At Kazungula the territories of four countries (Zambia, Botswana, Zimbabwe, and Namibia) come close to meeting at a quadripoint. It has now been agreed that the international boundaries contain two tripoints joined by a short line roughly 150 meters long forming a boundary between Zambia and Botswana. The ever-shifting river channels and the lack of any known agreements addressing the issue before 2000, led to some uncertainty in the past as to whether or not a quadripoint legally existed. Thus, Botswana has only about 150 metres of river frontage on the Zambezi, being sandwiched on the south bank between the extreme tip of Namibia's Caprivi Strip and Zimbabwe.
The Chobe River, which divides Namibia and Botswana, enters the Zambezi near Kazungula.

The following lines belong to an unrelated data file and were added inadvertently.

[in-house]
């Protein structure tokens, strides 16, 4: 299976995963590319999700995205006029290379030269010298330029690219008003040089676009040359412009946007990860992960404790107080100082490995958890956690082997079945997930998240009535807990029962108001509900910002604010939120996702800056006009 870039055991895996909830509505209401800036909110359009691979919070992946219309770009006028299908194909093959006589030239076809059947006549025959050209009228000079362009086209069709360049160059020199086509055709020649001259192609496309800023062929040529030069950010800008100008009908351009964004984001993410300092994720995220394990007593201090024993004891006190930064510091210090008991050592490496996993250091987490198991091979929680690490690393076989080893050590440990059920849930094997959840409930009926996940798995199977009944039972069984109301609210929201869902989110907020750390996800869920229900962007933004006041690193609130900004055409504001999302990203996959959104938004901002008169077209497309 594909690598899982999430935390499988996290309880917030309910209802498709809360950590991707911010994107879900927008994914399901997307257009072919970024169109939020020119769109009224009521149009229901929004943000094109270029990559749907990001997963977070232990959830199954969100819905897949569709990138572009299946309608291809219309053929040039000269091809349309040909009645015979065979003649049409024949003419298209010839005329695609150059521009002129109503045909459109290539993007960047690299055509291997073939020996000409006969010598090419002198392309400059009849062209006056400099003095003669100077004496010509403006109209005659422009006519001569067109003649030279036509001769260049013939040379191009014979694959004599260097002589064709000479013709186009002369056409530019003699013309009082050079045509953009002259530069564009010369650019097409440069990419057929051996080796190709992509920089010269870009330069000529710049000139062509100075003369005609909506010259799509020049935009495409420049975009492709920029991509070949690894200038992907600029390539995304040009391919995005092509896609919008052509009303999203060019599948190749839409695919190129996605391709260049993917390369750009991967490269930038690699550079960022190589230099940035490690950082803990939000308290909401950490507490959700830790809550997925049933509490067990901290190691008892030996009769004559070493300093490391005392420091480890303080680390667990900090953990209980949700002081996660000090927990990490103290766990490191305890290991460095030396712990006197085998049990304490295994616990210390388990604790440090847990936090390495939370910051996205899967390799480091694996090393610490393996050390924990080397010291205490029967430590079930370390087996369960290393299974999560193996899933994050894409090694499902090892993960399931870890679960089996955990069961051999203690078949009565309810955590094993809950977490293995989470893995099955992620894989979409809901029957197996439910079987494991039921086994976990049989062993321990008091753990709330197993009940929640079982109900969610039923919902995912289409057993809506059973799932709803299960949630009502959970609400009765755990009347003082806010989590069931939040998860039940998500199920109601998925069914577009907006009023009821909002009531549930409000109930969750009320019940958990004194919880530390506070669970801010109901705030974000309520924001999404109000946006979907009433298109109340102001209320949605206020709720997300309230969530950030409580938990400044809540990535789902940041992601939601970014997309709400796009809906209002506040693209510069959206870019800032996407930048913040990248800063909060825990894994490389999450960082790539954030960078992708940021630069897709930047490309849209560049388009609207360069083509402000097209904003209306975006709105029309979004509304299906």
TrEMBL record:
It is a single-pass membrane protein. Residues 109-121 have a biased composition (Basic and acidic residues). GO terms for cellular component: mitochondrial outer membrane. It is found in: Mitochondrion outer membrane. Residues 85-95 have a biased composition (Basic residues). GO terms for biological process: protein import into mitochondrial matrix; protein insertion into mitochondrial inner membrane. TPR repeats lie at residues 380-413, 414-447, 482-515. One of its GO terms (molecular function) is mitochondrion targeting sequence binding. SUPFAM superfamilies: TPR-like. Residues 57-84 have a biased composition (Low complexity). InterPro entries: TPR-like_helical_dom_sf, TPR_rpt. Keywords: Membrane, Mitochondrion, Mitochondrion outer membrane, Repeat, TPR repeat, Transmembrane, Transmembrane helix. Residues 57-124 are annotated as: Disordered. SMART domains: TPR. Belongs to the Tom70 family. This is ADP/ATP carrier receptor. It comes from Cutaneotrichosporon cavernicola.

Kazungula is also headquarters of a district of Zambia of the same name.
Kazungula is home to the Kazungula Ferry across the 400 m wide river to Kazungula in Botswana, 8 km east of the town of Kasane, one of the largest ferries in the region with a capacity of 70 tonnes. A bridge is to replace it; the ground-breaking ceremony was held on 12 September 2014. Kazungula lies just 2 km from the Livingstone-Sesheke road which connects to the Katima Mulilo Bridge linking Zambia and Namibia.
The border post between Zimbabwe and Botswana, 4.5 km (by road) south-east of the Kazungula Ferry, is also called Kazungula.
- Brownlie, Ian; Ian R. Burns (1979). "Botswana-Zambia (Quadripoint issue)". African Boundaries: A Legal and Diplomatic Encyclopaedia. London: C. Hurst & Co. pp. 1098–1108. ISBN 0-903983-87-7.; summarized at African tripoints: Botswana-Namibia-Zambia by Michael Donner / Jesper Nielsen.
- Akweenda, S. (1997-04-23). "VI: Quadripoint Theory". International Law and the Protection of Namibia's Territorial Integrity. Netherlands: Martinus Nijhoff. pp. 201–3. ISBN 90-411-0412-7.